07.13.2017
  • Brazil

A Political Purge

We don't have to defend Lula to say his conviction is just about keeping him out of the 2018 presidential race.

Paulo Pinto / Agência PT

Brazil’s ex-president Luiz Inácio Lula da Silva and pre-candidate for president in 2018 for the Workers’ Party (PT) was convicted yesterday of corruption and money laundering, receiving a sentence of nine years and six months in prison. Lula was condemned for supposedly accepting a luxury beachfront apartment from the massive construction conglomerate, OAS, in exchange for facilitating lucrative contracts.

He remains free until his appeal is judged, which could take up to a year and half. Theoretically he could still be eligible to run in the 2018 elections, but if his conviction is maintained before this, he will lose all his political rights for twenty years.

The judicial decision comes at a time of almost daily political bombshells in Brazil: the day before, a bill that drastically cuts labor rights was passed in the Senate while President Michel Temer, who took office after the PT’s Dilma Rousseff was removed in a parliamentary coup, struggles desperately to save his own mandate after he was caught red-handed on tape discussing bribes and interference in judicial processes with an executive from a multinational meatpacking corporation. Numerous other government politicians who were key players in the coup against Dilma in 2016 are also facing a range of criminal accusations. The fact that they have not yet been charged and still maintain their political power and privileges says a lot about the current political crisis in Brazil.

How should the Left respond to Lula’s condemnation?

We must categorically oppose the criminalization without proof of Lula and the PT. The seven-hundred-page judicial sentence of Judge Sergio Moro against Lula is rife with inconsistencies, contradictions, and technical errors. Above all, it lacks clear evidence that Lula was the real owner of the beachfront property.

Moro convicted Lula based on a series of affirmations without documentary evidence while ignoring substantial evidence that proved the contrary. Even mainstream judges and lawyers who are against Lula have roundly criticized the decision, demonstrating the extremely political decisions of Moro who has well-established links with right-wing parties and politicians.

Yet this does not mean that the Left should support the PT’s and Lula’s political project. We need to defend democratic freedoms and denounce the arbitrary and prejudiced practice of the Lava Jato, or “Car Wash,” investigations without joining the dead-end reformism of the PT.

Even after the impeachment of Dilma, the electoral failures of the PT, and the concentrated attacks on labor and social rights, the PT has refused to change its “neoliberal lite” political project that aims to reestablish alliances with big corporations and so-called centrist parties. The CUT, the main trade union federation allied to the PT, has only reluctantly mobilized against the draconian cuts of the Temer government. While it remained silent about the reactionary labor legislation that was passed in the Senate on Tuesday, it actually enthusiastically called for street demonstrations against Lula’s conviction on Wednesday.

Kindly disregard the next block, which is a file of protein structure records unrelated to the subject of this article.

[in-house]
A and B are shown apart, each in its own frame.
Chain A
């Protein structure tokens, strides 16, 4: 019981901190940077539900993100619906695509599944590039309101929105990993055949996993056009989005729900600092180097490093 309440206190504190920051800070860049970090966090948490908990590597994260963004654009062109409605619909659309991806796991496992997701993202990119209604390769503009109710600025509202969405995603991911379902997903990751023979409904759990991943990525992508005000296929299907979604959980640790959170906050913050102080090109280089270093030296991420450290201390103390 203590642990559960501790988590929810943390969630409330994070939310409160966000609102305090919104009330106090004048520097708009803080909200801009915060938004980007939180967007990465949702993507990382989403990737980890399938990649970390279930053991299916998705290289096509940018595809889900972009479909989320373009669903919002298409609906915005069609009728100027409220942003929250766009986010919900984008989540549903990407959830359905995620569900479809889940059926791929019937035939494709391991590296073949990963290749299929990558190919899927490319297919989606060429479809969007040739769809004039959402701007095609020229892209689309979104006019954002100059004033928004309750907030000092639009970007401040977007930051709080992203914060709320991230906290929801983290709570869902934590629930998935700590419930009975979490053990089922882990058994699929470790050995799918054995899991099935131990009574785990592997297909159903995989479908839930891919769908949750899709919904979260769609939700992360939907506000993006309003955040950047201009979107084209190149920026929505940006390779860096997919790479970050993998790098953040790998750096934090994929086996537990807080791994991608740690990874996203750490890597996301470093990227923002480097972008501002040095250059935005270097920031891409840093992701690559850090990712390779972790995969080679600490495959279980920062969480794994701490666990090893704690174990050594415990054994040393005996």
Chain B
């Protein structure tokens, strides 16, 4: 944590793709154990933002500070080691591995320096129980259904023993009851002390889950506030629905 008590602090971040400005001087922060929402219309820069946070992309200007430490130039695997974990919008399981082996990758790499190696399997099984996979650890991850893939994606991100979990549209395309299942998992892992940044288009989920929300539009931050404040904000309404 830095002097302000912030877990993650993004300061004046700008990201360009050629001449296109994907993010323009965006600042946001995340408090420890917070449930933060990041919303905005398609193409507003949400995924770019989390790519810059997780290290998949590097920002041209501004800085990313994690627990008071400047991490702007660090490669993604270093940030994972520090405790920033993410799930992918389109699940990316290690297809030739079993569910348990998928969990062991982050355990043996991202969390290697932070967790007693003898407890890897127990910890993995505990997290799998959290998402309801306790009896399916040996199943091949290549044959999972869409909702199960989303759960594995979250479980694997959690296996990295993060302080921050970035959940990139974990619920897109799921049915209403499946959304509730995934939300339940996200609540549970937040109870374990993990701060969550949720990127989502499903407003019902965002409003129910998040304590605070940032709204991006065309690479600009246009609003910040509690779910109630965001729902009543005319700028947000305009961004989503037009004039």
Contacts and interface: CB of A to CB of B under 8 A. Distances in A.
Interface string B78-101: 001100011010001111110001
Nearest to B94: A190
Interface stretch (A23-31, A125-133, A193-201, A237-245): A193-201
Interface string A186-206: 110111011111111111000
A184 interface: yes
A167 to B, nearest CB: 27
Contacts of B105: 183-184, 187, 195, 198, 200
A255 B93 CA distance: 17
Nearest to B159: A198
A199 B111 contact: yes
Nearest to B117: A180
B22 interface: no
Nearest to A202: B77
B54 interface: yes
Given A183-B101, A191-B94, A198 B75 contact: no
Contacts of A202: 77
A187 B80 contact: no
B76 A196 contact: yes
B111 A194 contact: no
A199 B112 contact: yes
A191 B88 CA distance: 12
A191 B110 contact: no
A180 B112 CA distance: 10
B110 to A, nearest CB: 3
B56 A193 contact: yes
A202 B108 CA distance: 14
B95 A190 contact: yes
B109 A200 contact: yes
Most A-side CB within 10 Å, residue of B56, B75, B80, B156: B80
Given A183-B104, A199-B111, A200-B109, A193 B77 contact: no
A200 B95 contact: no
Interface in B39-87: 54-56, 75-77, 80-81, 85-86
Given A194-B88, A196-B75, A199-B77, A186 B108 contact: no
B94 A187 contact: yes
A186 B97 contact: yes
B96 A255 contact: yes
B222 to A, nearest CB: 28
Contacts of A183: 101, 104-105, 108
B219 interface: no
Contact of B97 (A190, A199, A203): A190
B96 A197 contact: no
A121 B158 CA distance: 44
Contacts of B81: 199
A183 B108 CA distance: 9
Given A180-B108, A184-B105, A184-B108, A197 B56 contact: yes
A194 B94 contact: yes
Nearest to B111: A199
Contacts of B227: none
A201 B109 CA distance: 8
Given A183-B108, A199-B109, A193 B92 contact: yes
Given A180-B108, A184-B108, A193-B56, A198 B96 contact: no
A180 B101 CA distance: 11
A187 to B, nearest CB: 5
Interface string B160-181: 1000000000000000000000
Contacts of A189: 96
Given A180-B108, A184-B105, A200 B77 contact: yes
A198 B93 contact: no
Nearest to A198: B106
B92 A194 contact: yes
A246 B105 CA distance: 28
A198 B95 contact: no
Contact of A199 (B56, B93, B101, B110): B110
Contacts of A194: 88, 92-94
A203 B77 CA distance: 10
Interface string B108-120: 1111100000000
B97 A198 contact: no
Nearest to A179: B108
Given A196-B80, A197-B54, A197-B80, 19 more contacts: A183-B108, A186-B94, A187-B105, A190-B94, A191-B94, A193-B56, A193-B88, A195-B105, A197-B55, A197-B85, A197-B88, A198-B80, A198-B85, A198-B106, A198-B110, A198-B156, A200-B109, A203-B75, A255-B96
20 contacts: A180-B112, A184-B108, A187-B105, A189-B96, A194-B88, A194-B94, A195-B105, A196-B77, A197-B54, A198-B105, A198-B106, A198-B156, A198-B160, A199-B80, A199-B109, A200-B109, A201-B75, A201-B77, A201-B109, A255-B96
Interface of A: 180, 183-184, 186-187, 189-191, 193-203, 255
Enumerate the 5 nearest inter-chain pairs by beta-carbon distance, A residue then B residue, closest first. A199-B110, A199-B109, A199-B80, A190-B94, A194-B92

It is abundantly clear that the Lava Jato investigation represents the judicialization of politics — that is, the dependence on the courts in deciding fundamentally political questions. Yet judges are clearly not neutral and apolitical. Lula was condemned with little evidence while dozens of right-wing politicians have been favored by judges with whom they have documented personal and political relationships. The conviction of Lula, who is consistently first place in the polls, is about taking him out of the presidential race in 2018.

Some on the Left have mistakenly embraced the Lava Jato investigations, seeing it as a tool to end the blatant corruption of politics in the country. This position ignores that judges and public prosecutors are firmly part of the capitalist class with determined political interests — in this case, taking Lula out. Indeed, various judicial organs support many of the draconian attacks on labor and social rights that are being rammed through the congress by the illegitimate government of Temer.

Uncritical support of Lava Jato also ignores the fact that the entire left, social movements, and unions are tarnished by the witch-hunt against the PT. The PT did not invent corruption in Brazil, yet the Right and the corporate media have used the fact that the party embraced the business as usual politics of corruption and bribes to attack social movements and the Left as a whole.

The political and economic crisis is far from being resolved. Such a resolution will depend on the capacity of social movements, unions, and left parties to block the attacks on labor and social rights (which not even Lula himself has indicated he will not repeal if elected), force Temer out of the government, demand direct elections for president and the Congress, and construct a viable political alternative.

The PT’s politics of class conciliation and the embrace of neoliberalism shows the need for a socialist political alternative. But this will not come through the prejudiced Brazilian judiciary and their flimsy charges against Lula.